The renewable sector sees optimistically the commitments of the Government with the ecological transition. However, according to conversations with plant developers, banks and investment funds, the main problem is the excessive regulation and the zeal of the Government to try to lower prices. The electricity market is a tool to obtain an equilibrium price between supply and demand. If the Government talks about changing the market for something unknown and regulated, it really doesn’t help the investments that are now more necessary than ever.

Regarding the influence of energy efficiency and the increase of renewable generation in the price of electricity, at AleaSoft it is considered that in the future there are factors that will lead to lower electricity demand as is the case of energy efficiency but there are other factors that will increase electricity consumption as is the case of electric cars and other new uses of electricity or as a substitute for domestic and industrial gas.

According to Antonio Delgado Rigal, the closure of nuclear and coal thermal plants will generate a great need for renewable energy production.

Despite these new events that are revolutionizing the energy sector in Europe, in AleaSoft it is considered that the market equilibrium between supply and demand will be maintained and that the average prices of the next 20 years will be around the 50 €/MWh.

In the interview it is stated that the introduction of large quantities of generation plants from renewable sources will not be easy. There is the difficulty of financing and there is the difficulty of finding counterparts in the PPAs. Large consumers do not have the habit of buying electricity at long-term and banks do not want to take too many risks. We also have another technical difficulty related to the connection points to the grid that are finite.

Regarding the current system of electricity price formation, it is recalled that the current market is 20 years old and has worked quite well. The price is formed by a balance between supply and demand. There are times when the price has been high, as it is now, due to external factors such as the price of fuels and CO2. Other times the price has been high because of the droughts we have had. There have also been periods of low prices for oversupply and lower fuel and CO2 prices. In general, there has been a mutually beneficial balance for producers and consumers of electricity.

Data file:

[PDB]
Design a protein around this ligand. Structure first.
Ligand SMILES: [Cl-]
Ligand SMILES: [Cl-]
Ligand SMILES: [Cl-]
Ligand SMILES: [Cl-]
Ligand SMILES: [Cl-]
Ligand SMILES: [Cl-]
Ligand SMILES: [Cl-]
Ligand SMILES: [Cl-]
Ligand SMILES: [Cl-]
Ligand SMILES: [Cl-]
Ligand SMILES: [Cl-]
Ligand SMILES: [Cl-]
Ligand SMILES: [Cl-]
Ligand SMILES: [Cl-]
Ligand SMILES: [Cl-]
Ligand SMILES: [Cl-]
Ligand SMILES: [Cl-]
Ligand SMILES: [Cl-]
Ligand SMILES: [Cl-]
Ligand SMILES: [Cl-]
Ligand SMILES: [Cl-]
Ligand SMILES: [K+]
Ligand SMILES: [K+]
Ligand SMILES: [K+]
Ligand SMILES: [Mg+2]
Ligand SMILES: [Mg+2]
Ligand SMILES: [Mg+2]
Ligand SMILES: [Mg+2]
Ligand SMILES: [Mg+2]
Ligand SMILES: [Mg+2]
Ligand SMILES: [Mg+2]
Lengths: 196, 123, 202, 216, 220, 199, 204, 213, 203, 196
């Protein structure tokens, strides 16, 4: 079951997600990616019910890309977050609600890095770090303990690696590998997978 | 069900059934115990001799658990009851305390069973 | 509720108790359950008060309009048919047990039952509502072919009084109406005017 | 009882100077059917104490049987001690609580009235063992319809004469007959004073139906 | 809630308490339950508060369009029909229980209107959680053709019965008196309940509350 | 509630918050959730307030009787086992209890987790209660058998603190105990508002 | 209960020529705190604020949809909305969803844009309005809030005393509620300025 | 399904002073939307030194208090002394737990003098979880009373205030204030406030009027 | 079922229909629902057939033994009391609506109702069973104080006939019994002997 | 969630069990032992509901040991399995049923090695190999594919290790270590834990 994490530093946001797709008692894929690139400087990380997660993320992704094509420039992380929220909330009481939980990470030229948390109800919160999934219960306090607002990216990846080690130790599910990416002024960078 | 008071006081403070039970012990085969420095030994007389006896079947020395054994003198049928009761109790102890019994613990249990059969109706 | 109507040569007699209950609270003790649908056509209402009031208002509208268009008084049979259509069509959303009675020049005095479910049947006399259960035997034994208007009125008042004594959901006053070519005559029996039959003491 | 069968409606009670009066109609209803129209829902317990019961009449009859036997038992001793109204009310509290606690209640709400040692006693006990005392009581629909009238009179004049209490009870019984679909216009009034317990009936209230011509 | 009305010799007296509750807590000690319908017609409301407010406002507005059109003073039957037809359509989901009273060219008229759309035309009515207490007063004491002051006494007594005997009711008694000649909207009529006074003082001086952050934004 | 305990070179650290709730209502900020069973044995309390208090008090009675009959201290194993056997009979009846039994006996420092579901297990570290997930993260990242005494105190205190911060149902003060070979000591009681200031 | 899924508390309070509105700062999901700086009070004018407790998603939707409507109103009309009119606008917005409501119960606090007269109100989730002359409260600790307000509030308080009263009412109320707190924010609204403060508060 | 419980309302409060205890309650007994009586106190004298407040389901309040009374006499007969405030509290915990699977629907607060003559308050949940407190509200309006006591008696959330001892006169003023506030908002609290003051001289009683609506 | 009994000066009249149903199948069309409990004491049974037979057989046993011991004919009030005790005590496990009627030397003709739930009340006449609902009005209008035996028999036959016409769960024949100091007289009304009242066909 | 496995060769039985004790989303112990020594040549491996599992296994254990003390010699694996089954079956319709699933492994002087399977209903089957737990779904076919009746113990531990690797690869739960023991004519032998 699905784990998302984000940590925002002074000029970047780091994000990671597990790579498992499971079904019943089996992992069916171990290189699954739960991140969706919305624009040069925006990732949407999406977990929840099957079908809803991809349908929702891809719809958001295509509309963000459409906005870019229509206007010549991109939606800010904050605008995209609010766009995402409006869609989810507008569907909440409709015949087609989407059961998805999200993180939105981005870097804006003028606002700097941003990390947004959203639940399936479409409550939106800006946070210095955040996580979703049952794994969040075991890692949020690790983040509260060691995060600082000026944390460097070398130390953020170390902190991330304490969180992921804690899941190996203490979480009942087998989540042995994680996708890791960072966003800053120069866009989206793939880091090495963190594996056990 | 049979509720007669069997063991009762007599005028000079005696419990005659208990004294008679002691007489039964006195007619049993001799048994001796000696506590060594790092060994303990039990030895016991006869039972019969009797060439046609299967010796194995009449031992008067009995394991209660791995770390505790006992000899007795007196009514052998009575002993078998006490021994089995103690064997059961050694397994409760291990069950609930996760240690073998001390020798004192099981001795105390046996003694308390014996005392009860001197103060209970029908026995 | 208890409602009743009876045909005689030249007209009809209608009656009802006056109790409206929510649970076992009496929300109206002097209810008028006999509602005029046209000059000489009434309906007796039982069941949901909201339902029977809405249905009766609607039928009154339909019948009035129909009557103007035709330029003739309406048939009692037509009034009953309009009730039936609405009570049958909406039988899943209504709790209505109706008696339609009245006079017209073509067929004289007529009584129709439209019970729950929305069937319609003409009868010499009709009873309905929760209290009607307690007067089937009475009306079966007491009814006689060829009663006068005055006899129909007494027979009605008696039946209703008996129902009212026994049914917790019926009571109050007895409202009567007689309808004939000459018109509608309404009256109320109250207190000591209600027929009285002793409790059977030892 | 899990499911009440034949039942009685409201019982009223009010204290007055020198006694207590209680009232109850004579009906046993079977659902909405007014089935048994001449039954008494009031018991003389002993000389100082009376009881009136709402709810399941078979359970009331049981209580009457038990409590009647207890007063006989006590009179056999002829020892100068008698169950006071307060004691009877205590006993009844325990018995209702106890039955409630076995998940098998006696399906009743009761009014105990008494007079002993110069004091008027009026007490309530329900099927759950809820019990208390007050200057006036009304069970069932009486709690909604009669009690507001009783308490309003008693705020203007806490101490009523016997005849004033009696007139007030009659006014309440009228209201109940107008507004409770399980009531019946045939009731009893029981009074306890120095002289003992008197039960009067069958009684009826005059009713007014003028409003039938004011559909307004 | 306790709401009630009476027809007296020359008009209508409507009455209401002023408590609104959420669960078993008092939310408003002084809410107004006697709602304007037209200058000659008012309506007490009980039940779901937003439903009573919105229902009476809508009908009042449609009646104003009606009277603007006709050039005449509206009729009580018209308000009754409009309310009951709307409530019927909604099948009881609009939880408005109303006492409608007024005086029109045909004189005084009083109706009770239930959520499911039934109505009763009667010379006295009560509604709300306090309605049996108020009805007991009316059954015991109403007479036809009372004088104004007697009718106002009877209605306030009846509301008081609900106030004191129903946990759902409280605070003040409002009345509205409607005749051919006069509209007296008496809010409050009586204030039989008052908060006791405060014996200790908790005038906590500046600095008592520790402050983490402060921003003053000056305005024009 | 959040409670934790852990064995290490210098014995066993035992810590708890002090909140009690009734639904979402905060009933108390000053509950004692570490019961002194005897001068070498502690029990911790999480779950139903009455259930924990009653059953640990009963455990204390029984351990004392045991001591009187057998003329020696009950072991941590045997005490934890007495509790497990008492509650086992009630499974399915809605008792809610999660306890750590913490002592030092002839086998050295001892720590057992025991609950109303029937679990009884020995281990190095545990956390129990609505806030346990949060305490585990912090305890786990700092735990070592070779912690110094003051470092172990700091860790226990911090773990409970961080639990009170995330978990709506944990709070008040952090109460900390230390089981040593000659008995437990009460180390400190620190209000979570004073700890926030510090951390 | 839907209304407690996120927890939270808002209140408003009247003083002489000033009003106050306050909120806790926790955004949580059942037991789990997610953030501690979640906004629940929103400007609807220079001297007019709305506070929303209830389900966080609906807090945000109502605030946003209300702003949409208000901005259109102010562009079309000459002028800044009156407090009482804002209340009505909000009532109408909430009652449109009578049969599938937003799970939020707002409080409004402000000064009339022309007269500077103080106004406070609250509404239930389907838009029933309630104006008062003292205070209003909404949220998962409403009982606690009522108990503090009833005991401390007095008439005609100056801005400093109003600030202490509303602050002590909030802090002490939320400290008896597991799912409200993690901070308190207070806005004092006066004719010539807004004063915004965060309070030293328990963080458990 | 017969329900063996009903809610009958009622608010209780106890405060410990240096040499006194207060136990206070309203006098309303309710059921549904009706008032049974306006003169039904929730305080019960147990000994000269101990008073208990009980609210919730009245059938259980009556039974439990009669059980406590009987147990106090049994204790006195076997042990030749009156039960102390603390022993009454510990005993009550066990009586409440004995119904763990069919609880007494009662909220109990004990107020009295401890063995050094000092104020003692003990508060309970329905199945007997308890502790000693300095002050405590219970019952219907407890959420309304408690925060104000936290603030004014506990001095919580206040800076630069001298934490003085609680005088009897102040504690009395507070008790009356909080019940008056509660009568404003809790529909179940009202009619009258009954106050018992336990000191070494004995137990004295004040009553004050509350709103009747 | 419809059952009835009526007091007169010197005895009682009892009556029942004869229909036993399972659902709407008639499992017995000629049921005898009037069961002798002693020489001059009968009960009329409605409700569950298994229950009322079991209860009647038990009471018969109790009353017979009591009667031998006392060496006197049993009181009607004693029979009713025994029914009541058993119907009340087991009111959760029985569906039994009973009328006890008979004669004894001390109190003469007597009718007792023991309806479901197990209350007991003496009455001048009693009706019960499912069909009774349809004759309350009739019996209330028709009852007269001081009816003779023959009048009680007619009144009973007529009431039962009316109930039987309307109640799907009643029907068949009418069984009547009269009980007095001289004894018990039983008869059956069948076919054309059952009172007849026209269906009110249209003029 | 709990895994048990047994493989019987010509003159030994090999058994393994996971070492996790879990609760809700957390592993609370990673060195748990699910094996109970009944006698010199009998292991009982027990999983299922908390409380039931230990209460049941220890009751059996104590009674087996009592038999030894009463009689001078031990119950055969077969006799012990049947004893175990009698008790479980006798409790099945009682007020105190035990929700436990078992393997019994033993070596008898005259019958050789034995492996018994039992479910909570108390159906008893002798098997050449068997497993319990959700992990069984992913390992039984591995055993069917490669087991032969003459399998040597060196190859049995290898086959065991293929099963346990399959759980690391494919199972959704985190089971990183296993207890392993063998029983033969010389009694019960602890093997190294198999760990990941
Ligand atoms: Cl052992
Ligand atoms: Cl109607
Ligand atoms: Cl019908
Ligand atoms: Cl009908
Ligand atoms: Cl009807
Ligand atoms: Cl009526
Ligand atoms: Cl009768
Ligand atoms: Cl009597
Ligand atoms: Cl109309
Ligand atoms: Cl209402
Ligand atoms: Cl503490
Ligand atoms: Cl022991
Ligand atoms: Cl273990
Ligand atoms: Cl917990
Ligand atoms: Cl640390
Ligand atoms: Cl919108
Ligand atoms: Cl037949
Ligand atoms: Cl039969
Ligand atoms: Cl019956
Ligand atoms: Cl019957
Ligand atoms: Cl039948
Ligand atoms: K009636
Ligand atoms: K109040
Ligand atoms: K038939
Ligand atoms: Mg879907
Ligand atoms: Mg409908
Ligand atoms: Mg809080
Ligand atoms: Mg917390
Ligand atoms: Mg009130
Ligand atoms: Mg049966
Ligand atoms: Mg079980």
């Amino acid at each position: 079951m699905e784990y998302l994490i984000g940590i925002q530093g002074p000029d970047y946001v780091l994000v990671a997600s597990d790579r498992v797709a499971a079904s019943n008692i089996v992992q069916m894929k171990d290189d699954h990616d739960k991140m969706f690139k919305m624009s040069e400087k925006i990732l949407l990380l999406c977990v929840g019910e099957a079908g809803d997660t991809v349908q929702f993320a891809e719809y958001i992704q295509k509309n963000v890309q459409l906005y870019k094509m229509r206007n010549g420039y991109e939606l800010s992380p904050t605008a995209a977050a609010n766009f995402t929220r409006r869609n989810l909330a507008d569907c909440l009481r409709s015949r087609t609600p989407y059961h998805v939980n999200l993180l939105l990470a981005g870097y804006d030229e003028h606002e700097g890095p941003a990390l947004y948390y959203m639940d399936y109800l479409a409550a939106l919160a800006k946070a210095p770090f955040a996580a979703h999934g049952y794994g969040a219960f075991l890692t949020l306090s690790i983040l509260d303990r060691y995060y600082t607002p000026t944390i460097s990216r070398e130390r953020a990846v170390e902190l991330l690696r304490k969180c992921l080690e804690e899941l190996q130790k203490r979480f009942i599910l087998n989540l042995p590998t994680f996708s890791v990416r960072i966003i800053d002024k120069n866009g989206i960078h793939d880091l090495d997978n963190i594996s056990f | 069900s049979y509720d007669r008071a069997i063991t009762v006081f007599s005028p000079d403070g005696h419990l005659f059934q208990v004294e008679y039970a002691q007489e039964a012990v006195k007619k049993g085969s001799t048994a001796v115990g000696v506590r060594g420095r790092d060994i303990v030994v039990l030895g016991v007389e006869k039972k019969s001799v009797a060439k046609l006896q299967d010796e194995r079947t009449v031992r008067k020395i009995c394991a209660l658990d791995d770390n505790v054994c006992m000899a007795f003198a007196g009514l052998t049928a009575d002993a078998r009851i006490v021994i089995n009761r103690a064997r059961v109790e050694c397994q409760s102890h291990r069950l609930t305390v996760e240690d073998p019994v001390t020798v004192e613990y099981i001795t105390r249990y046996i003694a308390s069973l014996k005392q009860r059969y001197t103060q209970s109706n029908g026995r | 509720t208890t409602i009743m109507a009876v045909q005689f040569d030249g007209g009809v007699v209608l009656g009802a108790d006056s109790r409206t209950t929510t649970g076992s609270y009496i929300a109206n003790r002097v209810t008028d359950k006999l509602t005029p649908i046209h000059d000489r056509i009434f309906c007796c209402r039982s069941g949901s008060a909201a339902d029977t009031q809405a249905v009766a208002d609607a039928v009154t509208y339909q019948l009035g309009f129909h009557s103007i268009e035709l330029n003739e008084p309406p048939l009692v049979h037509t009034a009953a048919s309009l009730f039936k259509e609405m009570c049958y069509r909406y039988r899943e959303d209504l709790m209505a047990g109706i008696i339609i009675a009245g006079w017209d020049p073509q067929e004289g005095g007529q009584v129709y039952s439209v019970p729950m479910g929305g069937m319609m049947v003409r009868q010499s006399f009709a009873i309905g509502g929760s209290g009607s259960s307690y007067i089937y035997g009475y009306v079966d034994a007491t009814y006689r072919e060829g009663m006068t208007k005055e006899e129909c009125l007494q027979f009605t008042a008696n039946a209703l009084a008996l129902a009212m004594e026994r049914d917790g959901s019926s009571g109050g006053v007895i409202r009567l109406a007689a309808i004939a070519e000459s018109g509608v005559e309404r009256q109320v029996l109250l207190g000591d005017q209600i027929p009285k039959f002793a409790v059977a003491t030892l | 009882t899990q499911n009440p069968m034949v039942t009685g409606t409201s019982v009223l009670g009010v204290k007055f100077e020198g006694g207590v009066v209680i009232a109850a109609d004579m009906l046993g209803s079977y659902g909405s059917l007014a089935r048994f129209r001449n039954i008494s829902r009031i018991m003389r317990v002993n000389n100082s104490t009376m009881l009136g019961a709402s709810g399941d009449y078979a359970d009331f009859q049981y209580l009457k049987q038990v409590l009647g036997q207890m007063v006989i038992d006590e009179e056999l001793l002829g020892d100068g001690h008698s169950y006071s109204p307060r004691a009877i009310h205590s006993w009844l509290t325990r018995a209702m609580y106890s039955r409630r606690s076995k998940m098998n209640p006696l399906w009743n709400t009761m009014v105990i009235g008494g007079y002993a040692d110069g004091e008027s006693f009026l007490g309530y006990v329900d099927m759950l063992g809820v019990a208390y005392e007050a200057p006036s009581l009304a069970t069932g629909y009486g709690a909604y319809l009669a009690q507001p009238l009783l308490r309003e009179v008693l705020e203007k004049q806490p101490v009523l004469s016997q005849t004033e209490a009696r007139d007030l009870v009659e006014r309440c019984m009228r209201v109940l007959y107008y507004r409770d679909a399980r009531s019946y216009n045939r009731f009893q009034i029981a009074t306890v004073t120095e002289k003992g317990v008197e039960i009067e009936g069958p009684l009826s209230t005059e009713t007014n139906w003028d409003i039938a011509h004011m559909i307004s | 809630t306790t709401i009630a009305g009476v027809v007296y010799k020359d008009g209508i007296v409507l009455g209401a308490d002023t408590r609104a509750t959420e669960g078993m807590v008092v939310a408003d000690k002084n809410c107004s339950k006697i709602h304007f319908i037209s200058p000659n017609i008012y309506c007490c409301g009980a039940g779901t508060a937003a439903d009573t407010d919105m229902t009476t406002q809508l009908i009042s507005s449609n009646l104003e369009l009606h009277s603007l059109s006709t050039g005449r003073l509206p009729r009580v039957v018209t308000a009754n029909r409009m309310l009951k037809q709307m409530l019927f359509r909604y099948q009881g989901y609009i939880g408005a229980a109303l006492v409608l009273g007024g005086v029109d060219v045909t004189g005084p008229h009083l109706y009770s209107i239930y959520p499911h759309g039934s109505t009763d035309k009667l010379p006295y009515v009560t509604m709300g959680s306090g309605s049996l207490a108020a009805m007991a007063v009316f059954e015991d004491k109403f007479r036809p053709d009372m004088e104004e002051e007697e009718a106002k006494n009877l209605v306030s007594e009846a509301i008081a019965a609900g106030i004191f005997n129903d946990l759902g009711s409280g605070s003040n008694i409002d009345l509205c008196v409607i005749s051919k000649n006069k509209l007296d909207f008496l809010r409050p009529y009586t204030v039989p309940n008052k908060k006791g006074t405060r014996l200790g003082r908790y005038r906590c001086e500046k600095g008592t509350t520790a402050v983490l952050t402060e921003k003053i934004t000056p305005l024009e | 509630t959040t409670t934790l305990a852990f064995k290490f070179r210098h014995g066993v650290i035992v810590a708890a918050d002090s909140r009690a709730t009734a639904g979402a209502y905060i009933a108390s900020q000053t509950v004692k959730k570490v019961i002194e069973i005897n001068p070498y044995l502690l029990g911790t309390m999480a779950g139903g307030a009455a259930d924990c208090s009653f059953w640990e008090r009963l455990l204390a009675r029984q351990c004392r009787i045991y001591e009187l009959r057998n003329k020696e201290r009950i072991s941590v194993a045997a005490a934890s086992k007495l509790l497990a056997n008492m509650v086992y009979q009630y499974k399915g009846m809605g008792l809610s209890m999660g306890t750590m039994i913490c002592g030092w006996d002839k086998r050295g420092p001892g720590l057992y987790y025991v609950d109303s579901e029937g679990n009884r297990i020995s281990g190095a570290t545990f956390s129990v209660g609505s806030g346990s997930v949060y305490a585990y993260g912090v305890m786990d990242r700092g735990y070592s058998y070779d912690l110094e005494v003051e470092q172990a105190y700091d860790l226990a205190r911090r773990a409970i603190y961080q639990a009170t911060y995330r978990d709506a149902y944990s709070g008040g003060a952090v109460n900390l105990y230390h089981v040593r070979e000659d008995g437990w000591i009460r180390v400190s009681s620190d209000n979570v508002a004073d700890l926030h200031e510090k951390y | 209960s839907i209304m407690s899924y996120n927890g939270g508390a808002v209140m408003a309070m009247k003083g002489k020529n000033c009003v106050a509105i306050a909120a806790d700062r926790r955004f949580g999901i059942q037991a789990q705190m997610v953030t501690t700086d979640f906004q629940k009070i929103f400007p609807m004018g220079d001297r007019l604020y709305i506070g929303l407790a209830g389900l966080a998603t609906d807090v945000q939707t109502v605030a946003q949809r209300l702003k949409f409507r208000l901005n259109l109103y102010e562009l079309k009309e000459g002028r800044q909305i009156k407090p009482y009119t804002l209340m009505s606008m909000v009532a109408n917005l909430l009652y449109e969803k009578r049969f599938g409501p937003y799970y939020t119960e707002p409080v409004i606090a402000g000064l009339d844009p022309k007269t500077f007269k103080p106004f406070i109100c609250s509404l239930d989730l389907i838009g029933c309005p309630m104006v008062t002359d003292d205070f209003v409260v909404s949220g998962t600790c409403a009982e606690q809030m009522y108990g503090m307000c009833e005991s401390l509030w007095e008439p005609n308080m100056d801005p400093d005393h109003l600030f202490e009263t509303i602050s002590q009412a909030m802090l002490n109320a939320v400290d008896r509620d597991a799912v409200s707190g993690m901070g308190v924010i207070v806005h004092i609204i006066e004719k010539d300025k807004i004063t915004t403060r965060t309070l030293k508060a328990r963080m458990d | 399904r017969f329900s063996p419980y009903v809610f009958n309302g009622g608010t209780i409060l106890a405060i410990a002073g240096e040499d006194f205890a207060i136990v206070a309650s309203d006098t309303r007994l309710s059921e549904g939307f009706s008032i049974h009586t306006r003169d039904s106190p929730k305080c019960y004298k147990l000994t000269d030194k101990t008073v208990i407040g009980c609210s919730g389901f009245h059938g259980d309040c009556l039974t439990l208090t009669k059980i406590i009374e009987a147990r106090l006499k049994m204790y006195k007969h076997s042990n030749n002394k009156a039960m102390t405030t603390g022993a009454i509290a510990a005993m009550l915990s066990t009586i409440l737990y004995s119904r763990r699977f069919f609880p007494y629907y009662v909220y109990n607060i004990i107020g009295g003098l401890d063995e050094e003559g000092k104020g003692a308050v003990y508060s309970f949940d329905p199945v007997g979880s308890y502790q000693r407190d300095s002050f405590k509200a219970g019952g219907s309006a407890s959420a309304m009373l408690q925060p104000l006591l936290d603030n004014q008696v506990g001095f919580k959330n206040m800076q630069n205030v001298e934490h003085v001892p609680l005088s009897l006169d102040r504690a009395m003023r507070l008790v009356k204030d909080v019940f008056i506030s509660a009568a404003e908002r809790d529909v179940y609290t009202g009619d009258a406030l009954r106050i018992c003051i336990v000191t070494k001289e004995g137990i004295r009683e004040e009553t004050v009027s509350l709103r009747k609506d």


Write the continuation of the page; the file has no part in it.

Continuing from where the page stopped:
The current and future market will need production with gas combined cycles for many years as renewable energies are not stable throughout the day and we will have prolonged drought periods.

The Spanish market is integrated into the European electricity market, with the same rules. Our electricity generators sell electricity throughout Europe, just as our consumer market agents buy electricity even in Poland. In theory, if the interconnections capacity were infinitely large throughout Europe, we would have a single common price for each hour.

The interview highlights that an important issue related to the market is stability. Investors flee from regulatory changes and from the uncertainties of the new unknown.

When asked if he believes that the rise in electricity prices in Europe could cause a worrying slowdown in the economy, Antonio Delgado Rigal answers that, undoubtedly, European companies compete with the rest of the world. A high electricity price, especially in electro-intensive companies, means that the products have a higher production cost and cannot be sold in competitive international markets. This is the case of Alcoa, that in mid-October announced the closure of two aluminium production plants in Spain due to the high cost of electricity. If the production plants are not profitable, they close and transfer their production to other countries with better conditions. If electricity keeps a high price, the deceleration will be a tangible fact. In addition, the high price of gas also influences this process of closures as well as the high price of CO2.